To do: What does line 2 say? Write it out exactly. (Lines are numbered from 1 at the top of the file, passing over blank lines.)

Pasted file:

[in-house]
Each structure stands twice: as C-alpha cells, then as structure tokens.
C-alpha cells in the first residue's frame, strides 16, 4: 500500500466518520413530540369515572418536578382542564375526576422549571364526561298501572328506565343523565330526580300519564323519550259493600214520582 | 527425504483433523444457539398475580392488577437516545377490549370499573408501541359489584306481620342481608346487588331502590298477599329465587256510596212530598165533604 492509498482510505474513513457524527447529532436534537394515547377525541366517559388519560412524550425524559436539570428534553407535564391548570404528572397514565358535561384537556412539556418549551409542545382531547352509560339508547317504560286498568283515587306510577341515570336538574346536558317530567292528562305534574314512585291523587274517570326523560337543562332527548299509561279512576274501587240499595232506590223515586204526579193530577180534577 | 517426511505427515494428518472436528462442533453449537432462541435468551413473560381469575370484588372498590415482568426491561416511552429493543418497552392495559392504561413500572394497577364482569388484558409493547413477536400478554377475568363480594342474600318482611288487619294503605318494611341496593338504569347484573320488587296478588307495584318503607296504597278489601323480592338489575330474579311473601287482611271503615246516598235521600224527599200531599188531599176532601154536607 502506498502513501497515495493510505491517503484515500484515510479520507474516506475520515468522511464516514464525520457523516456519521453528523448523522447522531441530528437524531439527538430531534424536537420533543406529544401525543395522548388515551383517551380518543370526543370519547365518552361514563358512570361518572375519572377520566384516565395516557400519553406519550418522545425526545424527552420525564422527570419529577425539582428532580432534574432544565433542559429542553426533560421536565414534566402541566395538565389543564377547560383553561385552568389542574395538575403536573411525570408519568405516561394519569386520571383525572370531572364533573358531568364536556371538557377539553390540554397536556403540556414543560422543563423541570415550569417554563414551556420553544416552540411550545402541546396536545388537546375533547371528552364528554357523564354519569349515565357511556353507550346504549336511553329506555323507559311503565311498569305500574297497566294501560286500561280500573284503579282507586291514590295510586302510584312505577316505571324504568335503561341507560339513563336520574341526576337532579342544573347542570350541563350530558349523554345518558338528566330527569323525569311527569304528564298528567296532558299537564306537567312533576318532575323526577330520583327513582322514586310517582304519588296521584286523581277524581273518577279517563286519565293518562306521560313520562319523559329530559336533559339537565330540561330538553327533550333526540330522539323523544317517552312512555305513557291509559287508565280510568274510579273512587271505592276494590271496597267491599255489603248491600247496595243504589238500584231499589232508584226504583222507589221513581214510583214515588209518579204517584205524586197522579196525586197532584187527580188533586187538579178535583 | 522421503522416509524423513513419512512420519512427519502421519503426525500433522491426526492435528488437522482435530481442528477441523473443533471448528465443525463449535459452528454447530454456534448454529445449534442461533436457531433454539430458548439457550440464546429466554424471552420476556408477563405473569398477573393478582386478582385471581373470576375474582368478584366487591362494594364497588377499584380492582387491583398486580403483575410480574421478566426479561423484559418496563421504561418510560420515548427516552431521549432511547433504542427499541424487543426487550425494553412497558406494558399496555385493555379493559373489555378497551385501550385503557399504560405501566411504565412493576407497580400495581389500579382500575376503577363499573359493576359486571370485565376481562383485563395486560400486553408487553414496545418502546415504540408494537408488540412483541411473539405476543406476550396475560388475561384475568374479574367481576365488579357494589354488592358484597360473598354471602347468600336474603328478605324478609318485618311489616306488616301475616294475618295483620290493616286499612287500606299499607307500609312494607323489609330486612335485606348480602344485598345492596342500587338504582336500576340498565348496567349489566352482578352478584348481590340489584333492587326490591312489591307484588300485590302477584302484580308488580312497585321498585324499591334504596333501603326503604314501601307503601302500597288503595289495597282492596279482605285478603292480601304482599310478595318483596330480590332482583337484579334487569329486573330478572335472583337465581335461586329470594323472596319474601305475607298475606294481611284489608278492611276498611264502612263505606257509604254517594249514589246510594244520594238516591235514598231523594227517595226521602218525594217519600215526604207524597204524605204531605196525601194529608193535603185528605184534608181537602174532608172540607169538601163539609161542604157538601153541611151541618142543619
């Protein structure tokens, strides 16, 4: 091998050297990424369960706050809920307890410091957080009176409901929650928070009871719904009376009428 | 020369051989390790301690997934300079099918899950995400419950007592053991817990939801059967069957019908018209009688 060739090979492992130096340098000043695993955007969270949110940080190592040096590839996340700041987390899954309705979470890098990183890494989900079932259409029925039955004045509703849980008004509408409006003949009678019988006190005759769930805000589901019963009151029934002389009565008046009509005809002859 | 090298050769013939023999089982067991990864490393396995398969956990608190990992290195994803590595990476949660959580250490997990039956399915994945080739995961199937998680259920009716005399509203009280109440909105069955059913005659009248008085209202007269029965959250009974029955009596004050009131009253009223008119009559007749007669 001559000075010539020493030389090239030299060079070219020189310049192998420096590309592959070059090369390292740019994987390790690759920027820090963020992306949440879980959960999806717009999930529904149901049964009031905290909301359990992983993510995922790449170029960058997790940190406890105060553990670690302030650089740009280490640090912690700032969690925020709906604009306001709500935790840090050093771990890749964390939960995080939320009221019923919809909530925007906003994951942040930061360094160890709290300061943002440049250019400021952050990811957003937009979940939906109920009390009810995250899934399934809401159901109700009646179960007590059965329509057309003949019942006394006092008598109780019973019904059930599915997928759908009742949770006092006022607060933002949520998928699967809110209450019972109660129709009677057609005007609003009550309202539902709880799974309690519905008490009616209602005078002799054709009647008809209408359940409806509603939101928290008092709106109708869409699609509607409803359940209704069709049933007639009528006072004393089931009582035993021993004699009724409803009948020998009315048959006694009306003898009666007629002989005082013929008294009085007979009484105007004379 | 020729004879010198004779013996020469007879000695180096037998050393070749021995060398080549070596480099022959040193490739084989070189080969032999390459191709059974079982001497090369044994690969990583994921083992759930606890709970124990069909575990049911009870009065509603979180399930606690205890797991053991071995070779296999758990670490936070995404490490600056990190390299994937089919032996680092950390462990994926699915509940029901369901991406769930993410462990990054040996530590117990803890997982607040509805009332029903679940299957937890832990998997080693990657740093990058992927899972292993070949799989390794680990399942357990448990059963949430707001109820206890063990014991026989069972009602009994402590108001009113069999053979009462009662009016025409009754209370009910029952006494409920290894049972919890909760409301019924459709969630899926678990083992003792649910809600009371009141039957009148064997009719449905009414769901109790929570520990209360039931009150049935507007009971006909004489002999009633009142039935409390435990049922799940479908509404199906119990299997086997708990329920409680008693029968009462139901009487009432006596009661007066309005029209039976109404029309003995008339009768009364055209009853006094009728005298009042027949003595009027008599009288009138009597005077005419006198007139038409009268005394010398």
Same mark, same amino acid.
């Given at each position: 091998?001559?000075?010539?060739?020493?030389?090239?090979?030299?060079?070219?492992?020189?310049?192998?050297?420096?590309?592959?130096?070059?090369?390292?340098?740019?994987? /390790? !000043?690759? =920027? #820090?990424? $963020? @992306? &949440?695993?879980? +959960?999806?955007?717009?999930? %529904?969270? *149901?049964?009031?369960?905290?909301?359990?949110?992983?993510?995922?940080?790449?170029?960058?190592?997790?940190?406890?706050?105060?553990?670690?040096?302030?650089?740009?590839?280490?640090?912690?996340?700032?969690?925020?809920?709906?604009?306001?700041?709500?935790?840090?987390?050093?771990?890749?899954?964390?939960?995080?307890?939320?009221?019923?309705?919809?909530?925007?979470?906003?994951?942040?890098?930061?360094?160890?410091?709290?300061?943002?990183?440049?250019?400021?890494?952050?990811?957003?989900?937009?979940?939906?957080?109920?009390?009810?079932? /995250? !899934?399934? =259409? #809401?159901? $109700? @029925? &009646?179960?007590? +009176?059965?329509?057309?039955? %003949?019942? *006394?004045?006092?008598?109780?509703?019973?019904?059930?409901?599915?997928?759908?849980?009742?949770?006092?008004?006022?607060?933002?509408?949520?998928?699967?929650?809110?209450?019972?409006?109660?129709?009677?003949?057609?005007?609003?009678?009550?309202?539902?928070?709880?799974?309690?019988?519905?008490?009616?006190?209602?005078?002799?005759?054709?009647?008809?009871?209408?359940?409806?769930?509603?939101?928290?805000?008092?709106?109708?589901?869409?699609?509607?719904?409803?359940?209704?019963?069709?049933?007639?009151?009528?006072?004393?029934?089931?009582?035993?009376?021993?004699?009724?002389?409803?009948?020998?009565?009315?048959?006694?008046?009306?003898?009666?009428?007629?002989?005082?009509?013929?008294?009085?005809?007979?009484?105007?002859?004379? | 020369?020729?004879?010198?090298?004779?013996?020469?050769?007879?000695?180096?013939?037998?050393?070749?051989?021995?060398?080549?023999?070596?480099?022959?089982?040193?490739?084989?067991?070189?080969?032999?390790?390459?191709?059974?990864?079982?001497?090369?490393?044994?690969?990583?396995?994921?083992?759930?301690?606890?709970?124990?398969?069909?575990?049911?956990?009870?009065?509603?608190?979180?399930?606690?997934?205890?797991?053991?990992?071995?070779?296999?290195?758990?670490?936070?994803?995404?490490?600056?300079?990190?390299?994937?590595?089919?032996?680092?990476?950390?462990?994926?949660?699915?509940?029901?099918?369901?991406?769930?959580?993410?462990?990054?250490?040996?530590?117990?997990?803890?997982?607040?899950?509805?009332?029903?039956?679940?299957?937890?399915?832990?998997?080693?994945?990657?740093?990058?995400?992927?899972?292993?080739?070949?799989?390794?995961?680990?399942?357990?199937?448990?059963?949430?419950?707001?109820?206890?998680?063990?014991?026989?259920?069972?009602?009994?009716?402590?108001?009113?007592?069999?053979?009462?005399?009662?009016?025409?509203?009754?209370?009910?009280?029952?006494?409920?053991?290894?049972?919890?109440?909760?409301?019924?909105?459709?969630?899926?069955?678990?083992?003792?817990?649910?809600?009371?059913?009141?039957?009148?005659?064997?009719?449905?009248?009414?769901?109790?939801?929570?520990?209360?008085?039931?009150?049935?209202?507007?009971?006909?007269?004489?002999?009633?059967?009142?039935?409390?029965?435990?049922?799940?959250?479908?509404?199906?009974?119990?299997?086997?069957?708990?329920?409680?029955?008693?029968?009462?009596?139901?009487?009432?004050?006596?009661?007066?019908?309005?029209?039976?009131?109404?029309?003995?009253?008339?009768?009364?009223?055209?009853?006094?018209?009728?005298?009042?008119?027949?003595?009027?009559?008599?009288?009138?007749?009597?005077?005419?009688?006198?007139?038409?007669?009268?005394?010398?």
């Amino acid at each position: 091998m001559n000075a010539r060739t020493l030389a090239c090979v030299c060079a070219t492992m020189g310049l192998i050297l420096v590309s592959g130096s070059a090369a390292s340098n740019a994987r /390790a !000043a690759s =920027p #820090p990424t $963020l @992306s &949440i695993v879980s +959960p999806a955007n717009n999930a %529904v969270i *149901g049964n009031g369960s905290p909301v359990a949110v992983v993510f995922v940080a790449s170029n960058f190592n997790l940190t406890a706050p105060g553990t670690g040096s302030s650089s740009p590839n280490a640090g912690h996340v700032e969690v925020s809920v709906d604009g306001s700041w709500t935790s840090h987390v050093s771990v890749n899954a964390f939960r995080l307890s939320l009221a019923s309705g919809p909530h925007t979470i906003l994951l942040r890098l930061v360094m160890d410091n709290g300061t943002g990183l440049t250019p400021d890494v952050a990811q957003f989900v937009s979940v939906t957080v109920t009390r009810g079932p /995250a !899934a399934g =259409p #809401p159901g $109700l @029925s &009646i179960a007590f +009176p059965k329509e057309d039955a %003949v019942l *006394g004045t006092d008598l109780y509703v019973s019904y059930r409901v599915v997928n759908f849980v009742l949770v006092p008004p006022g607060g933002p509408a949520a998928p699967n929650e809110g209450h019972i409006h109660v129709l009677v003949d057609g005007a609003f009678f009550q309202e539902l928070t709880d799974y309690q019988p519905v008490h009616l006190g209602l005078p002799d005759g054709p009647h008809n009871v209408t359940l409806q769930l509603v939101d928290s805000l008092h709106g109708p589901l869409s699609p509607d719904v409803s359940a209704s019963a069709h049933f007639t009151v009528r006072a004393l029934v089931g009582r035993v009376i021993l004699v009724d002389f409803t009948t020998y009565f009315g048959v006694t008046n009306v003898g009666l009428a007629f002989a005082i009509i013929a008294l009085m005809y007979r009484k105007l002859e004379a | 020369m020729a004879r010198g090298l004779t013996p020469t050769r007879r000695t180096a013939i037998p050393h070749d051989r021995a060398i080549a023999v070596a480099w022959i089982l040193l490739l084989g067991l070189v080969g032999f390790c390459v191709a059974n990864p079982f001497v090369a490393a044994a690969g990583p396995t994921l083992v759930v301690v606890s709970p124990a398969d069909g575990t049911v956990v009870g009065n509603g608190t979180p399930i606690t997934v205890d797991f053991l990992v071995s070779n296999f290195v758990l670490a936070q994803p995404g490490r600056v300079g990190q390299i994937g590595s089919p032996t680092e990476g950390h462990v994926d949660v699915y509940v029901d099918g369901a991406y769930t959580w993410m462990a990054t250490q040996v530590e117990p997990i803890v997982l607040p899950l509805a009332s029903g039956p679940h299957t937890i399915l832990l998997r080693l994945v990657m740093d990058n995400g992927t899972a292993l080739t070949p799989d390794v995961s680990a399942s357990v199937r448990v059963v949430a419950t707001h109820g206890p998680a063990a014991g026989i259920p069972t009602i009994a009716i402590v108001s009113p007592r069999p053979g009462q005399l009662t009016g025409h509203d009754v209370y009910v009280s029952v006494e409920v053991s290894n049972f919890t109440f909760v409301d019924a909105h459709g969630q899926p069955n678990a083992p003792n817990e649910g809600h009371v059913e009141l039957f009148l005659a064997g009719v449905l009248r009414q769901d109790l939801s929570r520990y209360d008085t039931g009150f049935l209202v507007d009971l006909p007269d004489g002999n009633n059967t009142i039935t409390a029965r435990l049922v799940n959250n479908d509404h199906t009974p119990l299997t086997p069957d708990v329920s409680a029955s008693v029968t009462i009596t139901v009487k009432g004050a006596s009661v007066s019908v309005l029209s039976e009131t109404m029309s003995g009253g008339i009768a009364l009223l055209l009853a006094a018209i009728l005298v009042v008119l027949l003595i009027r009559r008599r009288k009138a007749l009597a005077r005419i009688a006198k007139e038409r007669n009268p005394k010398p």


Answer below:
Each structure stands twice: as C-alpha cells, then as structure tokens.